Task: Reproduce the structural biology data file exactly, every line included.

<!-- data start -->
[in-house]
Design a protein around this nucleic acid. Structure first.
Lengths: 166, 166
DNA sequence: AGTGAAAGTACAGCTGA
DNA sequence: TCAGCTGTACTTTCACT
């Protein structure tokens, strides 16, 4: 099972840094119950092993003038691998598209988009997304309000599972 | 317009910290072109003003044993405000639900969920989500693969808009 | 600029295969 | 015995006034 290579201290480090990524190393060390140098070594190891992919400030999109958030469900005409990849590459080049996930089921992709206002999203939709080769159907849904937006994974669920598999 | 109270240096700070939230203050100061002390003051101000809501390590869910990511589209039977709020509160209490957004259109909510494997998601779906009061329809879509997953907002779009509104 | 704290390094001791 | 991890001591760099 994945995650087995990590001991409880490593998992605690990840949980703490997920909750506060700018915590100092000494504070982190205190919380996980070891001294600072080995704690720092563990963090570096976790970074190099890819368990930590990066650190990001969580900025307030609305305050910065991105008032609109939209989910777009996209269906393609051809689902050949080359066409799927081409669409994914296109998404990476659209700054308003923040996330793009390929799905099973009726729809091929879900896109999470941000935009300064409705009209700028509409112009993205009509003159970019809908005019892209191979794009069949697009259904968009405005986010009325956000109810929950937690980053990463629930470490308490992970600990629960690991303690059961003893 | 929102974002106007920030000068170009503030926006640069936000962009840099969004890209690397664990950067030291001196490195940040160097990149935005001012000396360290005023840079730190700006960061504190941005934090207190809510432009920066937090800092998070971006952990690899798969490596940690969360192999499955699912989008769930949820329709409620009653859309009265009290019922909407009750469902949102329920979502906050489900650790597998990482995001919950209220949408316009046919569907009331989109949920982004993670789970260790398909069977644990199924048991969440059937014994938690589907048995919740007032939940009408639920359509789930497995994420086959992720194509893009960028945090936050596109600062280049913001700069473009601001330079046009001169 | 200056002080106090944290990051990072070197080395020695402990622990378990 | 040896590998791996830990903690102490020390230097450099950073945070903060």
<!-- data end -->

[in-house]
Design a protein around this nucleic acid. Structure first.
Lengths: 166, 166
DNA sequence: AGTGAAAGTACAGCTGA
DNA sequence: TCAGCTGTACTTTCACT
């Protein structure tokens, strides 16, 4: 099972840094119950092993003038691998598209988009997304309000599972 | 317009910290072109003003044993405000639900969920989500693969808009 | 600029295969 | 015995006034 290579201290480090990524190393060390140098070594190891992919400030999109958030469900005409990849590459080049996930089921992709206002999203939709080769159907849904937006994974669920598999 | 109270240096700070939230203050100061002390003051101000809501390590869910990511589209039977709020509160209490957004259109909510494997998601779906009061329809879509997953907002779009509104 | 704290390094001791 | 991890001591760099 994945995650087995990590001991409880490593998992605690990840949980703490997920909750506060700018915590100092000494504070982190205190919380996980070891001294600072080995704690720092563990963090570096976790970074190099890819368990930590990066650190990001969580900025307030609305305050910065991105008032609109939209989910777009996209269906393609051809689902050949080359066409799927081409669409994914296109998404990476659209700054308003923040996330793009390929799905099973009726729809091929879900896109999470941000935009300064409705009209700028509409112009993205009509003159970019809908005019892209191979794009069949697009259904968009405005986010009325956000109810929950937690980053990463629930470490308490992970600990629960690991303690059961003893 | 929102974002106007920030000068170009503030926006640069936000962009840099969004890209690397664990950067030291001196490195940040160097990149935005001012000396360290005023840079730190700006960061504190941005934090207190809510432009920066937090800092998070971006952990690899798969490596940690969360192999499955699912989008769930949820329709409620009653859309009265009290019922909407009750469902949102329920979502906050489900650790597998990482995001919950209220949408316009046919569907009331989109949920982004993670789970260790398909069977644990199924048991969440059937014994938690589907048995919740007032939940009408639920359509789930497995994420086959992720194509893009960028945090936050596109600062280049913001700069473009601001330079046009001169 | 200056002080106090944290990051990072070197080395020695402990622990378990 | 040896590998791996830990903690102490020390230097450099950073945070903060």